Lower Manhattan’s 60 Broad Street Tries to Broaden Appeal With Redesign

The project focuses largely on the 1960s tower's lobby and its interaction with the street


As some Financial District landlords turn to residential conversions to fill floors of empty office space, others are staying the course with renovations they hope will attract the tenants they need. Such is the case at 60 Broad Street, an early 1960s tower with 100,000 square feet of vacant space on its upper floors.

Owner Piedmont Office Realty Trust expects that revamping its 1980s lobby will help bring in a younger, hipper class of companies to the 39-story building. 

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The renovation will replace dark wood walls and green marble paneling with gray stone floors, white plaster walls and midcentury-
inspired wall art. Other updates include a seating area with couches near the front of the lobby, a new reception desk off to the left made of fluted oak and topped with an antique brass counter, light wood paneling along the back wall and the elevator lobby, and lit carve-outs in the ceiling that mimic skylights.

Chicago-based artist Cody Hudson is designing a new mural on the front bulkhead of the building that will feature blue and white geometric shapes and lines. It will be visible from the street through the plate glass of the lobby entrance and be reminiscent of a nearby mural on 2 Broadway two blocks away. (The same architect, Emery Roth & Sons, designed both buildings.) Dutch painter Thomas Trum will create a 7-foot-long, brightly colored painting for the right side of 60 Broad’s lobby, and artist Jackie Head will create a large porcelain sculpture that will hang along the back wall. 

“We’re trying to put in an exciting contemporary art program that speaks to some of the more ambitious artworks in this neighborhood,” said Lyle Starr, the art program director at Morris Adjmi who’s overseeing the project. “This midcentury-type building often has a signature artwork.”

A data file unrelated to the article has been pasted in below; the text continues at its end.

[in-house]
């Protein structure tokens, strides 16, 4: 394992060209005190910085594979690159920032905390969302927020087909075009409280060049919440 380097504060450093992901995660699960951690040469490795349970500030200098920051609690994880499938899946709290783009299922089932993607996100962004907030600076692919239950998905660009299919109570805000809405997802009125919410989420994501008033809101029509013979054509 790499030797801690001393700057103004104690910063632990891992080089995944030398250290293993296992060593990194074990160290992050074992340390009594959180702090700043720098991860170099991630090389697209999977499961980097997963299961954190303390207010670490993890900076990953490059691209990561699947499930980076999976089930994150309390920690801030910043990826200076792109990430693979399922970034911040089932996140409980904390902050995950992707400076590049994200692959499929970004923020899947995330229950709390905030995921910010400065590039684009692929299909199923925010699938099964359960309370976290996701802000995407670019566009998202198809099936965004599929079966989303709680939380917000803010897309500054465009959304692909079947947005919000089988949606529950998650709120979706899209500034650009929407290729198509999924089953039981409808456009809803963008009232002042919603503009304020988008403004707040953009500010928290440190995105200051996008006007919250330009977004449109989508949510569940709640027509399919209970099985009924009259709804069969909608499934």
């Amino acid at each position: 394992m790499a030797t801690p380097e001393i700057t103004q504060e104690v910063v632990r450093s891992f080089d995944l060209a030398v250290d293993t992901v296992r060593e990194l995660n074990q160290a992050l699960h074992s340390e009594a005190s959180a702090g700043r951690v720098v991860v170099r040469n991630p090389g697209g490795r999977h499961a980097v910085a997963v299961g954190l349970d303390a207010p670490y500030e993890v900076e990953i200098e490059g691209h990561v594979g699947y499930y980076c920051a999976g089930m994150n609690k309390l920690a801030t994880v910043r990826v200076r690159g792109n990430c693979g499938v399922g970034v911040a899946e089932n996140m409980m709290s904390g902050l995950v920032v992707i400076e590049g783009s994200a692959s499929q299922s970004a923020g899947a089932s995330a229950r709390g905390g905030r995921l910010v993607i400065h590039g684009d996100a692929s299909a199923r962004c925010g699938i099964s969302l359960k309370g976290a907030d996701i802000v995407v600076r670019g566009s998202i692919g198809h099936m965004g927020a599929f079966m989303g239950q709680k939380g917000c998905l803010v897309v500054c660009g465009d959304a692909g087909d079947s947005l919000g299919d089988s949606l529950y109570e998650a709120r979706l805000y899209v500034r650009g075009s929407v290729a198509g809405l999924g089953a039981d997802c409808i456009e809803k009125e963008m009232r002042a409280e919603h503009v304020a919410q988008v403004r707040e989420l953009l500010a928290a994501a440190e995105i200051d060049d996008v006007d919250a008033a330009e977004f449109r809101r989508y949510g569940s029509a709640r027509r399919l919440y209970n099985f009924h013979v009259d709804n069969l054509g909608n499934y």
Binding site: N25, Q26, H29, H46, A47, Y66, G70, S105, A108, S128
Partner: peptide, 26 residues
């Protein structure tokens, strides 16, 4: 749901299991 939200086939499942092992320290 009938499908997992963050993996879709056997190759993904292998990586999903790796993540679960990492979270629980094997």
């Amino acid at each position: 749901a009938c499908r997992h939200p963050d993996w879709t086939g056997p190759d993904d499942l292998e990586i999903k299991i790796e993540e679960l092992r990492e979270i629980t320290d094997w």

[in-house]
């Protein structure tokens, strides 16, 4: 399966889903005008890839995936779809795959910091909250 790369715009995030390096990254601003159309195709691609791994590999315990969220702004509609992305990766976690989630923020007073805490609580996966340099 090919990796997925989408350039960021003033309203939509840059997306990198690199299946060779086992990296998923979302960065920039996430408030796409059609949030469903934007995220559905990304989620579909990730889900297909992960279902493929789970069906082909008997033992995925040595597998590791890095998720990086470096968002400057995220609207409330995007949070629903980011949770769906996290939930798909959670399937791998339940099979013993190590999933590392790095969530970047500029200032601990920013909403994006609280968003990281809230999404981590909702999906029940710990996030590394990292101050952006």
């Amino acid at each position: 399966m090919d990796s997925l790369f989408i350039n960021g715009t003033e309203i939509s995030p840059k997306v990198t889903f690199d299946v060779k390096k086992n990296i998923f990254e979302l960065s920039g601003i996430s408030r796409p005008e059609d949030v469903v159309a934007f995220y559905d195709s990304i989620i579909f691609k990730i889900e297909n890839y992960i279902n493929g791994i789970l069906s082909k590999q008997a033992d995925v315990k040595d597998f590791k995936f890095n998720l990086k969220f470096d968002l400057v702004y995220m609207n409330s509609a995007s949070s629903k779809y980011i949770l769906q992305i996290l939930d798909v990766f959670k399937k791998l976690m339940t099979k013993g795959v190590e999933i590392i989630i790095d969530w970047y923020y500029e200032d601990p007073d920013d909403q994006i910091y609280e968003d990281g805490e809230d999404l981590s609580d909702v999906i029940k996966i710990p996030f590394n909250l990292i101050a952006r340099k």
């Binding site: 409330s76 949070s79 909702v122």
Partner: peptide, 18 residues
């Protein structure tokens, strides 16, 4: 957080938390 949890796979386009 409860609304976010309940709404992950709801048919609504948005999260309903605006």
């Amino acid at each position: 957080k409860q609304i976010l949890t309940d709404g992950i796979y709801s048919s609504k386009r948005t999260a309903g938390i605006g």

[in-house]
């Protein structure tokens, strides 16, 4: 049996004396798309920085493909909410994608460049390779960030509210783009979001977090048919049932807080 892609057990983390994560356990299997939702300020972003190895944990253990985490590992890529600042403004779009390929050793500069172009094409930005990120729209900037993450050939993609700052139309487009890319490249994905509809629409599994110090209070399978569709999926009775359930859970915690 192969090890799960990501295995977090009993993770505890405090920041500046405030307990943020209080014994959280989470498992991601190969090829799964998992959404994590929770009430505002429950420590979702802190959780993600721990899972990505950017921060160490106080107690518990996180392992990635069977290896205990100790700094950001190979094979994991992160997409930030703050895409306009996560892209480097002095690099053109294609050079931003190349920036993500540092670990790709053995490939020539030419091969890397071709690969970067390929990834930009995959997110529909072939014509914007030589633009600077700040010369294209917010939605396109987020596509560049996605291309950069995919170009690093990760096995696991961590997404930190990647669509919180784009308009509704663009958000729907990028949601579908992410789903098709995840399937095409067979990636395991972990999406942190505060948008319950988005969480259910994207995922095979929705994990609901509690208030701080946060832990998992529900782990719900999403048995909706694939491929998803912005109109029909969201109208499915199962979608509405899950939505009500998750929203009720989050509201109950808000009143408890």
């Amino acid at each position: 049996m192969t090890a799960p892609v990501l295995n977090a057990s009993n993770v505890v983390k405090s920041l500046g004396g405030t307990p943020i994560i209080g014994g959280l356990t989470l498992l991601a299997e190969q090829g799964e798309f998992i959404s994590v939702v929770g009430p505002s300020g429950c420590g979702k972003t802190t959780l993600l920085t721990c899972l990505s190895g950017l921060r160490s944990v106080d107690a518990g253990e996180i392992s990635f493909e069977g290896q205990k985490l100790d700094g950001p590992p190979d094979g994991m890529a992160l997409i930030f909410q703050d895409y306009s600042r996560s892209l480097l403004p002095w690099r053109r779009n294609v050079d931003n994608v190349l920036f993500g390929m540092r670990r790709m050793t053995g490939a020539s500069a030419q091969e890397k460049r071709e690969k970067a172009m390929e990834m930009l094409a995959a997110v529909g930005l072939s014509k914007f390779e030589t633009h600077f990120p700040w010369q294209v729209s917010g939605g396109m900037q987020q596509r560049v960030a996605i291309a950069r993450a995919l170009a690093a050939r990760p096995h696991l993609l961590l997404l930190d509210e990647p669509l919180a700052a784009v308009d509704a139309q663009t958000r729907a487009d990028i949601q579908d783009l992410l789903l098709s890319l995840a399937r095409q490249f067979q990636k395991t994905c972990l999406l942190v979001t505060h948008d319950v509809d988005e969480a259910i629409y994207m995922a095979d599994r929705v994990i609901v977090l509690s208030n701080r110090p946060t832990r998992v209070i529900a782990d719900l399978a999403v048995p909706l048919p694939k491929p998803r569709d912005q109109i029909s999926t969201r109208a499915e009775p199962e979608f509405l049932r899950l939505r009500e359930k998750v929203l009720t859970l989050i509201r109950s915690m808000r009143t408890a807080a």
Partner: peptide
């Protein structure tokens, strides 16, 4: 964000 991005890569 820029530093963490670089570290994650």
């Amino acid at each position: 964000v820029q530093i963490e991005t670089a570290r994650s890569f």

Morris Adjmi has occupied a floor and a half in the building for six years, which is why the landlord chose them for the renovation. 

John Wheeler at JLL (JLL) is marketing the 100,000 square feet of available space in the building, which has asking rents from $50 to $60 per square foot. He felt that despite 60 Broad Street’s age and the Financial District’s high office vacancy, the building still had strong leasing potential.

“We all know the market is challenged for new demand,” Wheeler said. “Those that are unable to provide a compelling environment, they don’t have any activity. Piedmont felt this was worth the investment because the tower floors are good for mid-sized occupancy, for tenants ranging from 5,000 to 14,000 square feet. Once you get people up on the tower floors, people are like, ‘Wow it’s great.’ We needed to elevate the arrival experience and the aesthetic to mirror what could be created upstairs.

“We’re hearing about some buildings where the landlords are having to hand the keys back to their lenders,” he added. “The fact that this building is owned by a substantial national REIT, tenants know they’re going to be in an asset that’s financially sound and well capitalized.”

Rebecca Baird-Remba can be reached at rbairdremba@commercialobserver.com